Tribal gaming has bounced back from the pandemic here in Michigan, but the same can be said across the country.
The National Indian Gaming Commission recently released their Fiscal Year 2022 Gross Gaming Revenue Report. Leading the report was a new record set for the Indian gaming industry with $40.9 billion in gross gaming revenue for the fiscal year.
That new record topped the FY2021 mark of $39 billion by 4.9%. It is also well ahead of the pre-pandemic FY2019 that recorded $34.9 billion in GGR.
Most of the states involved in the commission saw revenue growth in the last fiscal year, including our own. And that’s not even factoring in the tribe’s success with online casinos in Michigan.
Michigan’s region records $5 billion in GGR
The National Indian Gaming Commission is comprised of 244 tribes across 29 states that operate 519 licensed gaming establishments.
Those 29 states are broken up in the report by eight regions.
Michigan is included in the St. Paul Region. We are joined by:
A total of 96 operations in the region reported $5 billion collectively in revenue. That was up slightly (3.4%) from the $4.8 billion reported in FY2021.
Of the eight regions in the NIGC, seven had an increase in GGR for the fiscal year.
Michigan tribal casinos back to pre-pandemic levels
Following tribal casino revenue in Michigan takes a bit of patience.
Only once a year do we get a real glimpse into how they are performing. That is with the annual Tribal Gaming Report from the Michigan Gaming Control Board.
It’s there we see the 2% payments that tribes made to local units of government from the previous year. Those payments represent 2% of the revenue the tribe made from their Class III machines.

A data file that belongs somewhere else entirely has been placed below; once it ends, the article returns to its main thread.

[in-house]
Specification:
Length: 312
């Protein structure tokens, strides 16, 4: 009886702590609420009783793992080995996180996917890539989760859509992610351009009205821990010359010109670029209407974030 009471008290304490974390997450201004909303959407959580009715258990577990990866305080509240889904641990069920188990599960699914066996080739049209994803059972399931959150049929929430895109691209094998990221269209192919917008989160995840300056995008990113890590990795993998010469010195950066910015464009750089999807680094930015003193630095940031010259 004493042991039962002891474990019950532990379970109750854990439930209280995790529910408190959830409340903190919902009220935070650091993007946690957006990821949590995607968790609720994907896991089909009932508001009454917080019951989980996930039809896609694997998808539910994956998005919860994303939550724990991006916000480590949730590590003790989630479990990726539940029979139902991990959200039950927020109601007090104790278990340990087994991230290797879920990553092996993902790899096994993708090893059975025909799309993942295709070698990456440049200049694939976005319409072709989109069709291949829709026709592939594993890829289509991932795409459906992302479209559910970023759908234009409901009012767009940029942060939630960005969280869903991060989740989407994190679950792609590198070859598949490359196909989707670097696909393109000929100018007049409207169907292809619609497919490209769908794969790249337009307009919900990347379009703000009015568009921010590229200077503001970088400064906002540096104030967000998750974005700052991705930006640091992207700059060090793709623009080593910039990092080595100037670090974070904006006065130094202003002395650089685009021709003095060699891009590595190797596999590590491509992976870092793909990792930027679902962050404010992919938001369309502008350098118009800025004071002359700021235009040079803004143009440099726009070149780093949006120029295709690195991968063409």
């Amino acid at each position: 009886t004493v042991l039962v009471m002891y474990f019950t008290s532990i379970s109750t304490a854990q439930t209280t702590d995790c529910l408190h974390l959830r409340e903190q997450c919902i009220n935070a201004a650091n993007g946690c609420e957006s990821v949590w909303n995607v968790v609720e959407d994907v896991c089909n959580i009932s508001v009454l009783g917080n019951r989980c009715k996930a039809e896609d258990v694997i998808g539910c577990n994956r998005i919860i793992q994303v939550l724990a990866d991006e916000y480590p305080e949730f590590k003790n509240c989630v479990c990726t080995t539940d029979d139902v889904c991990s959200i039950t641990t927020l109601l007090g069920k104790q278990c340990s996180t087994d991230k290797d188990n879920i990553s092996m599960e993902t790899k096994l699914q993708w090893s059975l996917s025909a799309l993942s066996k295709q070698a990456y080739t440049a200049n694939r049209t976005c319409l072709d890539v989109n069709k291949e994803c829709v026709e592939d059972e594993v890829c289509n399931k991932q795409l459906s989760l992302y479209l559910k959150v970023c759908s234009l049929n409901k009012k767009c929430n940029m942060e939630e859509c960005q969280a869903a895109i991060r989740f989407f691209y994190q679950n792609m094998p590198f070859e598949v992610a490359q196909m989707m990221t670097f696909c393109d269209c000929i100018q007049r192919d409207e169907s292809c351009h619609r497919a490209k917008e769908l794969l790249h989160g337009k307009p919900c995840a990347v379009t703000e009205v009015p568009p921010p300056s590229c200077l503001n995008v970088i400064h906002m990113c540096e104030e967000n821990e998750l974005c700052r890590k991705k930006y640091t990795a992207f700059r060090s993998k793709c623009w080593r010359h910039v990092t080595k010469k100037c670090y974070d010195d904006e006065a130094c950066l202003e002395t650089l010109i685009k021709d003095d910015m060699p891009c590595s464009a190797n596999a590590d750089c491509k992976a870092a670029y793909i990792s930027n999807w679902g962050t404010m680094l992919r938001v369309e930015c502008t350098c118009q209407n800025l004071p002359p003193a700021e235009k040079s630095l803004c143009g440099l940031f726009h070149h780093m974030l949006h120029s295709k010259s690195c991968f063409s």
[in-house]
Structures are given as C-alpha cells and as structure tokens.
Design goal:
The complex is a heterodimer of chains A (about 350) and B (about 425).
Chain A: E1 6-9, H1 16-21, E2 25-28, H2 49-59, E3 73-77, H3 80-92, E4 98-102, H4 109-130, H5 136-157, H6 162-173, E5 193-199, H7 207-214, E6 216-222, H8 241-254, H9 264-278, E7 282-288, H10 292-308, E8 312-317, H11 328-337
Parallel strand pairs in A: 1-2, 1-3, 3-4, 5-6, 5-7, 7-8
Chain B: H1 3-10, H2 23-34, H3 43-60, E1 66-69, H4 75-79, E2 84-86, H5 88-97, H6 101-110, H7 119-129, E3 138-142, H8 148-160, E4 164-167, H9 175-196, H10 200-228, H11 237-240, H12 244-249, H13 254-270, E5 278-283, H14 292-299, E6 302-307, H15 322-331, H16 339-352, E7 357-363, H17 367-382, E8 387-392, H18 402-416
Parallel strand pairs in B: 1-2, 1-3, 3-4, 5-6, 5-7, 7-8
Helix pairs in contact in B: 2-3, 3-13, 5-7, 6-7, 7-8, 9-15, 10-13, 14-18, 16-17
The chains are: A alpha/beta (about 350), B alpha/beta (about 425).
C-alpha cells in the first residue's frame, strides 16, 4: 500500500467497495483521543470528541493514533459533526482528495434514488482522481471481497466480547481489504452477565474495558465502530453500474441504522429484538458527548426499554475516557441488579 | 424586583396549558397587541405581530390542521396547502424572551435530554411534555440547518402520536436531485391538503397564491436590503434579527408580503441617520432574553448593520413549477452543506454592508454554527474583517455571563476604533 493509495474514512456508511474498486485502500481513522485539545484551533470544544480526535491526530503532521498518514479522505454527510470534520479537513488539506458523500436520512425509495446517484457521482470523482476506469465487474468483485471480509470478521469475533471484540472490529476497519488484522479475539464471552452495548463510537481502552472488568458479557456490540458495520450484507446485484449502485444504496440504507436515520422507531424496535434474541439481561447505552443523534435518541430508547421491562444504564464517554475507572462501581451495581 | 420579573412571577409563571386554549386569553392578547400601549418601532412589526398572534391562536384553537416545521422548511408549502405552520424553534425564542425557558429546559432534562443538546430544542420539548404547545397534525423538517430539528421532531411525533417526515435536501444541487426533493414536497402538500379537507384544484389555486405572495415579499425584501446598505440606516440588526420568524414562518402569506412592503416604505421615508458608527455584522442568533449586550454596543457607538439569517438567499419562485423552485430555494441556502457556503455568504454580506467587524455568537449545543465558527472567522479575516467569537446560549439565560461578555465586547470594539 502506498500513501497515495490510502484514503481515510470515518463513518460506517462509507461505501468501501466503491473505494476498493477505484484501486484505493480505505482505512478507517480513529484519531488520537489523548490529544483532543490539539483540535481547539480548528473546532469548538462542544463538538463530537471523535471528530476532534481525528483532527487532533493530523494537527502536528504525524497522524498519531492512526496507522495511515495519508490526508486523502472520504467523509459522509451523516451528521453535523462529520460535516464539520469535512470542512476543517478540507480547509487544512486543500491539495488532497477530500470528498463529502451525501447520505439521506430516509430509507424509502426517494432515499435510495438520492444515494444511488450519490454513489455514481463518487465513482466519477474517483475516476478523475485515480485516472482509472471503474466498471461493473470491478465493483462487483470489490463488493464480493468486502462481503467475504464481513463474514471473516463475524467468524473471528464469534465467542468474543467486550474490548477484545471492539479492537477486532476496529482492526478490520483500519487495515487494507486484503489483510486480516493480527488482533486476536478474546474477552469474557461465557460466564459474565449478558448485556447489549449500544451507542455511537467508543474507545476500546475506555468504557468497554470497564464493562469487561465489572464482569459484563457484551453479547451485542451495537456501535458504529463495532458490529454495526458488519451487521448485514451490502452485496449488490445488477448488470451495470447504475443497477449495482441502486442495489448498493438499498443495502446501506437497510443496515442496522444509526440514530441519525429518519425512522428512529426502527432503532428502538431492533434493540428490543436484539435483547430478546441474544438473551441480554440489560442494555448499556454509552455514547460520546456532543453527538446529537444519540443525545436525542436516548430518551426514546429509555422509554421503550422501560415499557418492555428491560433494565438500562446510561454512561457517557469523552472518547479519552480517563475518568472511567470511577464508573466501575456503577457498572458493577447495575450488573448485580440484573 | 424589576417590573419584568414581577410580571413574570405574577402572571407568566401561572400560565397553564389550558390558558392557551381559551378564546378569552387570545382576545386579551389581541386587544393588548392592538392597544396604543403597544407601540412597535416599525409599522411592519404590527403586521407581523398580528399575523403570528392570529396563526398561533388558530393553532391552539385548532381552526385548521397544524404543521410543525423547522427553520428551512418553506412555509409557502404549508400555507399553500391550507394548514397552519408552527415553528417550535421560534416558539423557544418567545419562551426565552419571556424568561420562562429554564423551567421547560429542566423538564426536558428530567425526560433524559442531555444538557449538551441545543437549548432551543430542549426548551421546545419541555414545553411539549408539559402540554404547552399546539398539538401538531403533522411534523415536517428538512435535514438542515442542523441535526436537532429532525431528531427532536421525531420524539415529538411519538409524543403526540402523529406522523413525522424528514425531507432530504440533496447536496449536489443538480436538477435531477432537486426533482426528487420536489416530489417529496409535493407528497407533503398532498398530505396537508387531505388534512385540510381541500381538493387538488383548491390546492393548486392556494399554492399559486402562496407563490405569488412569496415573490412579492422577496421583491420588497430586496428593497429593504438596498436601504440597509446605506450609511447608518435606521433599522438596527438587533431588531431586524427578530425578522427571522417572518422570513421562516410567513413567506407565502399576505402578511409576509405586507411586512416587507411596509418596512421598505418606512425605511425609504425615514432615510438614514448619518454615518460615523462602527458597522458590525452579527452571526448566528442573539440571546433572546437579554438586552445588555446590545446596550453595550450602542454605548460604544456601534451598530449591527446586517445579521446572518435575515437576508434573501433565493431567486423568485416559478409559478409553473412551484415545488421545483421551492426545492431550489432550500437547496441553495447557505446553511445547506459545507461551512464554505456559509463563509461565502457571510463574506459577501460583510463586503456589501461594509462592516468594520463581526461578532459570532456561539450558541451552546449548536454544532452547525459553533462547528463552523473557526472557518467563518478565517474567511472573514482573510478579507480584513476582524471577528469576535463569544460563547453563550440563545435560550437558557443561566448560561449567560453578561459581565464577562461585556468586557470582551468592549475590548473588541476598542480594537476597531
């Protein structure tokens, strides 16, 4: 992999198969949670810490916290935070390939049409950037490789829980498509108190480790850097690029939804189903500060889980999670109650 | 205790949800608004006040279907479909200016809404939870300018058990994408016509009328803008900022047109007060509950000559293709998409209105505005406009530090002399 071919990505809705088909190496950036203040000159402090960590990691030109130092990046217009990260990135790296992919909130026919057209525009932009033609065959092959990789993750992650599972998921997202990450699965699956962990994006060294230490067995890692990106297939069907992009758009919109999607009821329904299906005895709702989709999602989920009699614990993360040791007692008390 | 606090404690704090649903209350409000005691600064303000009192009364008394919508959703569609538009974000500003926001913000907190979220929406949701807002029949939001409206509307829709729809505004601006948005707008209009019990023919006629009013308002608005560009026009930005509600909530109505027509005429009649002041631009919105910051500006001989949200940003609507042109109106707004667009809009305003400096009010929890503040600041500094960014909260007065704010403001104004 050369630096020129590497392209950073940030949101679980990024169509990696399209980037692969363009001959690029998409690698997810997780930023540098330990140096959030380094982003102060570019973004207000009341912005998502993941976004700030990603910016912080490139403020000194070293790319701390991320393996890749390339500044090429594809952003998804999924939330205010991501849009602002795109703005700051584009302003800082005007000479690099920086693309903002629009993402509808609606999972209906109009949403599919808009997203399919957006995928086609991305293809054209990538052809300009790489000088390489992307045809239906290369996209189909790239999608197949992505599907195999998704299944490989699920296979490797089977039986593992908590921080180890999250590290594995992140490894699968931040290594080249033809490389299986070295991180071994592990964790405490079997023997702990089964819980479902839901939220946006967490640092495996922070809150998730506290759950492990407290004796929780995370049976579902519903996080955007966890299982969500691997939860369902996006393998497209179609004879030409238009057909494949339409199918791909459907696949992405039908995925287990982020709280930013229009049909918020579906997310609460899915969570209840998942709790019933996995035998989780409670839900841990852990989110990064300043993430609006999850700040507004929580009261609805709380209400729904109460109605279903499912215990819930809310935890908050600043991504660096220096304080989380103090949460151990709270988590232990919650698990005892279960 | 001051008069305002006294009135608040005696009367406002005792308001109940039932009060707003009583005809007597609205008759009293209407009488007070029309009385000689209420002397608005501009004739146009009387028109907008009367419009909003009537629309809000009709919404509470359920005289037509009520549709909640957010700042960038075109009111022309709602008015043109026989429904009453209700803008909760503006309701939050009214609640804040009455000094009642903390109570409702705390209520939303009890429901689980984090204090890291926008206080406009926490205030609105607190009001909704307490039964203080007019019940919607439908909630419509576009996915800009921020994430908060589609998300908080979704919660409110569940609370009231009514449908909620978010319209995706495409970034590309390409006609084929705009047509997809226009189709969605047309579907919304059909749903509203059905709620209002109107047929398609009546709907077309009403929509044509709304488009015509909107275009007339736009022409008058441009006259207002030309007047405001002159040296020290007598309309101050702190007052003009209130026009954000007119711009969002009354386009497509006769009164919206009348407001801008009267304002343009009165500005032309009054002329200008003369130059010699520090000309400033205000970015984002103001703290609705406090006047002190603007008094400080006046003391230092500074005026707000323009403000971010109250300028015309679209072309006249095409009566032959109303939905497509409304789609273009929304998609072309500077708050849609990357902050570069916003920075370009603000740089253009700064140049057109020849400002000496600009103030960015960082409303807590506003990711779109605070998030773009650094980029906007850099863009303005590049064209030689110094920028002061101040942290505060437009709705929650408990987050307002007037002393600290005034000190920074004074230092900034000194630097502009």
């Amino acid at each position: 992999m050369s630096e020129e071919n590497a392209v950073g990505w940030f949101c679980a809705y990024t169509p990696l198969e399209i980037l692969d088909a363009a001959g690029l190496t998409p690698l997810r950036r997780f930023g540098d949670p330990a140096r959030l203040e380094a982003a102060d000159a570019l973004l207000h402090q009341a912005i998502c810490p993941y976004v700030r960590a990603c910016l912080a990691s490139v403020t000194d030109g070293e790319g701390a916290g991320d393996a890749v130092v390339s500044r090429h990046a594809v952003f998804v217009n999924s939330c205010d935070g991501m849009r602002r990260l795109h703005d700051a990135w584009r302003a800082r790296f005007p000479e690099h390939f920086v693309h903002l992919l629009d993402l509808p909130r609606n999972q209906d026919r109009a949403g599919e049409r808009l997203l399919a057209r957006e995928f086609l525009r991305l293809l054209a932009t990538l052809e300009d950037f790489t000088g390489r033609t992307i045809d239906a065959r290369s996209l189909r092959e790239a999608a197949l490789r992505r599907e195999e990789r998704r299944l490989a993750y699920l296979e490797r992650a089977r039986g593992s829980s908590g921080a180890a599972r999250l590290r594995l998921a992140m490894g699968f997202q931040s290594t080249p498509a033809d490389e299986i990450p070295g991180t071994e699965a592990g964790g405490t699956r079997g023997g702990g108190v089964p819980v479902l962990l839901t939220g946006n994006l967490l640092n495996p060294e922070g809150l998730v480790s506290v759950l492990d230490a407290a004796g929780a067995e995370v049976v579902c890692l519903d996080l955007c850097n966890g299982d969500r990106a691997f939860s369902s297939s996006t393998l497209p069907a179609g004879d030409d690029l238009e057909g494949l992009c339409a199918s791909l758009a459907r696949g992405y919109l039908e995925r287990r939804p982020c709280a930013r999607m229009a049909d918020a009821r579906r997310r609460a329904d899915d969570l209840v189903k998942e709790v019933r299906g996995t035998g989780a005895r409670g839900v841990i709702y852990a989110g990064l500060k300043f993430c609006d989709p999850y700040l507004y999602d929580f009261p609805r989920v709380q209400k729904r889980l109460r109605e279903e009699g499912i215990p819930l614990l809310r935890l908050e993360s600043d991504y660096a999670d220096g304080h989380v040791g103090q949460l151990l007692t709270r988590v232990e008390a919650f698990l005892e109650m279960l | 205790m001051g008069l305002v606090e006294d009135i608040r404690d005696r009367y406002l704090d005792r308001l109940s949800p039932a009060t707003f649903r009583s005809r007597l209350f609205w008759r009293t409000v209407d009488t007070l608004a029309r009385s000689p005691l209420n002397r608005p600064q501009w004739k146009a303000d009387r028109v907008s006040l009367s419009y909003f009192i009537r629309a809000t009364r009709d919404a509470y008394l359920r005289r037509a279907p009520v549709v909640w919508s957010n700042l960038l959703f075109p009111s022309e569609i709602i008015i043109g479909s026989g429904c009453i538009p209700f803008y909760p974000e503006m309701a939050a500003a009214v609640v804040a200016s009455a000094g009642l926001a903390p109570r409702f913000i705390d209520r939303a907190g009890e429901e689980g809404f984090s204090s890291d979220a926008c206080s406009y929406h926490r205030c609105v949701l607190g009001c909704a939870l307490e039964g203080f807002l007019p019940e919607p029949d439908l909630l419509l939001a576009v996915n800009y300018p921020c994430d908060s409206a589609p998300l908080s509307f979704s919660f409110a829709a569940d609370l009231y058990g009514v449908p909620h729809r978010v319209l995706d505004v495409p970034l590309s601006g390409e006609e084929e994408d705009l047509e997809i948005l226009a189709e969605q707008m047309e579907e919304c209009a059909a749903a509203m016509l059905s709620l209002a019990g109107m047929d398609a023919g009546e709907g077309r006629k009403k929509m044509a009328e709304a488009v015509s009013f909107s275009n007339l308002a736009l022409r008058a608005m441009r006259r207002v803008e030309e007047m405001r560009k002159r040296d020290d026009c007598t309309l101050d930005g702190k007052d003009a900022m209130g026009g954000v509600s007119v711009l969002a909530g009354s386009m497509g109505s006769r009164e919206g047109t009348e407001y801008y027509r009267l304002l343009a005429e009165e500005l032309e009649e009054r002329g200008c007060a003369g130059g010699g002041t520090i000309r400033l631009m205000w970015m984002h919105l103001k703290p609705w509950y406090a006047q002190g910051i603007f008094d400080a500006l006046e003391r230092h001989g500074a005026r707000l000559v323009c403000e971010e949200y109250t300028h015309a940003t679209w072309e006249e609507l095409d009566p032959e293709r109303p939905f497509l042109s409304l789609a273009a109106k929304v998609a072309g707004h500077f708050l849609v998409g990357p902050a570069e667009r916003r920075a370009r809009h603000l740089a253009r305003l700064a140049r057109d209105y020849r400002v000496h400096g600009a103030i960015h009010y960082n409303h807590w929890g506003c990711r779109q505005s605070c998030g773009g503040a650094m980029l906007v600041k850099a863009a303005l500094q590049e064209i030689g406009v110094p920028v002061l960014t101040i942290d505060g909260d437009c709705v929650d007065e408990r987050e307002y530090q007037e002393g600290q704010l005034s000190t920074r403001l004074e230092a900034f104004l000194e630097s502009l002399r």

In 2022, Michigan’s 12 tribes made a collective payment of just over $30.8 million. While that was down 2.2% from 2021 ($31.5 million), it was still ahead of 2019’s $30.5 million total.
The pandemic created some genuine concerns about the long-term status of the tribal casino industry.
These numbers show the industry is bouncing back strong and capable of sustained success. That is not only important for Michigan’s economy, but the well-being of the tribal members themselves.
Online casino operations strong for Michigan tribes
Both of these reports aren’t factoring in the continued success of online gambling here in Michigan.
This state is one of few to offer legalized online casinos and that added revenue is also benefiting the tribal operators.
Michigan online casinos are the real revenue driver of the online gambling industry. In 2022, online casinos did nearly 300% more revenue ($1.58 billion) than online sports betting ($399.6 million).
While the Detroit casinos own the big piece of the online casino pie with partnerships with BetMGM, FanDuel and Barstool, Michigan’s tribes still see strong results.
The 12 tribes combined for $682.7 million of the online casino revenue for 2022. Leading the way was Bay Mills Indian Community, which has DraftKings Casino MI as its partner. DraftKings recorded $248.4 million in revenue last year.
It’s unknown what percent the tribes actually receive from the national operators for that revenue, but any percentage points are still a nice cherry on top of what is being earned.
Four Michigan tribes actually run their own name-brand online casinos, taking in a bigger percentage of the revenue. They are:
- FireKeepers Casino
- Four Winds Casinos
- Gun Lake Casino
- Soaring Eagle Casino/Saganing Eagles Landing
In 2022, those four combined for just over $91 million in online casino revenue.
When you add it all up, tribal gaming is hitting new peaks over the last 18 months. The fear of online gambling cannibalizing the retail casinos appears to be far from reality. It seems to have only strengthened the overall bottom line for these tribes.